My first church was a tiny one in northern Minnesota. When I say northern, I mean northern; you could walk through the woods behind our house to the Rainy River and look across it to Canada, if the mosquitoes didn’t eat you on the way.
In a white country church house with six pews on the right and six pews on the left, an attendance board on the front wall and a plaque that read THE TRUTH SHALL MAKE YOU FREE, and paneled walls that revealed to my childish mind the fanciful figures of owls and cats, I formed my first ideas of God and his people. Folks tended to sit in the same places in those pews: my grandparents on the front left, Amos and Rebecca across from them on a cushion for their aging bums, dear old Edna Schell behind them, and our family next.
I attended school in the basement of that church house. I jumped rope with my friends on the concrete pad by the door. I knew where the huge ant hills were, in the grass beyond the building, and where the forest of tiny evergreen trees grew, and how to use the outhouse when the one-hole unisex bathroom indoors was occupied.
Children went to church barefoot on Wednesday nights in summertime. When the leaves fell, we studied our school books downstairs, and played softball in the backyard. In winter, we Christmas caroled for hours, all bundled up, and then met back at the church house for chili soup and treats. In the spring, we had an Easter sunrise service and a hot brunch.
Our larger sphere included two other small congregations we fellowshipped with. Our policies were not identical, but our faith was stronger together. We were the only three Anabaptist churches in the region. Non-Mennonite friends and neighbors formed a significant chunk of our social interaction.
I know things were not all perfect there; I was much older before I heard the backstories. But I have never met anyone who didn’t speak of those little churches with fondness and joy.
To say I knew all the people in my church is like saying I knew all my siblings. I had a personal connection to each one. I knew to watch out for my friend Jo’s dad, because he liked pulling braids as if they were horse reins. I knew baby Morgan, who had no hair, and her beautiful mother Jeanette, who pulled a long lacy prayer veiling out of her purse when church began, because she came from another denomination and draped her head during services. My friend Jane was my role model, a few years older, capable, artistic. Rebecca, who at sixty-something was ancient and earnest, loved my age group and frequently taught my Sunday school classes; Jane C was a great teacher too and always tucked an object lesson into her bag. We bought raw milk in gallon-sized glass jugs from our friends Les and Joan. My uncle John walked around the church house with scissors, snipping runners off the unraveling orange carpet. Florence Reimer was the school teacher, tall and regal, and June Peggar was just June, always there: my father rushed from our property to help when her house lit on fire. Grandpa Eli pounded his pulpit. Asher and Kristi were adorable babies. I always wanted to talk the way their mother Rachel did because the corners of her mouth looked so pretty; I practiced in front of the mirror.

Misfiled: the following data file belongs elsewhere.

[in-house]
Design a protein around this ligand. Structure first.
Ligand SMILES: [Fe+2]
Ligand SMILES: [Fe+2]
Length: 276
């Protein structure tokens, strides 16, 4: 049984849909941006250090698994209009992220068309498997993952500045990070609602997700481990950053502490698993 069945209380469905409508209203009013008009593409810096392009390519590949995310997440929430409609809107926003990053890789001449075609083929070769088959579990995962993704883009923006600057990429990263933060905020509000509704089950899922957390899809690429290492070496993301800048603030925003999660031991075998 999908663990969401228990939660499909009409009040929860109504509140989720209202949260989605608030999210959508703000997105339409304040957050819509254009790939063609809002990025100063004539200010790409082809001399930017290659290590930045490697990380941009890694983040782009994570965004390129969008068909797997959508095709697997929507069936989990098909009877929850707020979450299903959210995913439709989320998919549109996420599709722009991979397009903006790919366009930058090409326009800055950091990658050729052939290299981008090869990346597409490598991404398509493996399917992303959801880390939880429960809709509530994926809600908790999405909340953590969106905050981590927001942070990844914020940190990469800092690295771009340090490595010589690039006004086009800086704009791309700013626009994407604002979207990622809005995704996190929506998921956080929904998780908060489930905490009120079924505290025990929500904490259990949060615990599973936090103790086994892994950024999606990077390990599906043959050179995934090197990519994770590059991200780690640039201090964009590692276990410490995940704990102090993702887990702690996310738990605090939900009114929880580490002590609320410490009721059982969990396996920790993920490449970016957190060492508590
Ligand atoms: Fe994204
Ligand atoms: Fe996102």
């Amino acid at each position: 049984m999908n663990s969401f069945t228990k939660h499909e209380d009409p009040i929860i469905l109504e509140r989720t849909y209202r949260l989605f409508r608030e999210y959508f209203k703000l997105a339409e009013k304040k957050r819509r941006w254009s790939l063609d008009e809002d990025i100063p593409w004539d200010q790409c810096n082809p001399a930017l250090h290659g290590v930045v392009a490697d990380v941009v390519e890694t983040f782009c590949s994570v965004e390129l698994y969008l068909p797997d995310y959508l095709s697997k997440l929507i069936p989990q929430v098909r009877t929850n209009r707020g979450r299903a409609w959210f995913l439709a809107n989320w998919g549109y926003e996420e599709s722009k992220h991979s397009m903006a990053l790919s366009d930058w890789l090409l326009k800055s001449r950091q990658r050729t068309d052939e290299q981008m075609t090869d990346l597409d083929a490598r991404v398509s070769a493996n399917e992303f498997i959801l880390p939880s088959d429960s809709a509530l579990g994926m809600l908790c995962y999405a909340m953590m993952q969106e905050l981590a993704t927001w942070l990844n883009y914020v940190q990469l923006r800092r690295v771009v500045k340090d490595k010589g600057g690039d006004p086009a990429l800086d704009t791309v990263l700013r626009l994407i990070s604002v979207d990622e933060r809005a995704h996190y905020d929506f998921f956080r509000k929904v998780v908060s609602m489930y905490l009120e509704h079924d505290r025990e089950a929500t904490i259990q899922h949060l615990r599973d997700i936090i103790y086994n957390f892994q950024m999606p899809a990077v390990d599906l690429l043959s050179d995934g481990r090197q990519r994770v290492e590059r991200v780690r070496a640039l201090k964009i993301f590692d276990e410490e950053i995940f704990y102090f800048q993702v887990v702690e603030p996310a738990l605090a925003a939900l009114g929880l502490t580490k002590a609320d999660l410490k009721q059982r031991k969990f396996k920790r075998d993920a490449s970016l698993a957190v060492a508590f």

There was always someone to play with. Not many, but someone. My cousin Justin was my best friend, and Jo and Sonny were always nearby to fight or play games. Later, Rachel came, a redhead who became my first close girlfriend. I shared a baptismal class with Matt and Louise, cleansing water trickling down my head when I was ten years old. From then on, I was a voting member of the church, taking communion, kissing the other ladies as a sign of peace.
I suppose that in most congregations, the young are the favorites of the old, but in my church, the opposite was also true: the old were the favorites of the young. We’d never heard of generation gaps. Everyone loved everyone. I remember one of the oldest men in our church racing the young boys across the yard just for fun, his bow legs twinkling. The oldest woman brought the best food to church potlucks, and always the same food: pot roast to melt in your mouth, and blueberry delight. Old Mr. Herman, in the next church over, told spellbinding stories from his early life. He said he’d be very surprised if the Lord hadn’t returned before he died; we watched him to see. Taps, named for her previous life as a barmaid before she found Christ, had fluffy permed hair and wrinkles on her face, and one day she gave me a drink of hot water by mistake instead of cold. Oh, HONEY!! she said, when she saw my face. The old of the community were storehouses of faithfulness, involvement, wisdom. They talked to us and touched our heads and called us by our nicknames. Children of the community, including myself, were light of the eyes and hope of the heart. We knew it, and the knowing gave us life.
When I was eleven years old, we moved a thousand miles away, to a church community that might as well have been on another planet. There I stayed until my marriage.
I suppose that at some level, all the rest of my life of faith has been an aching to go back.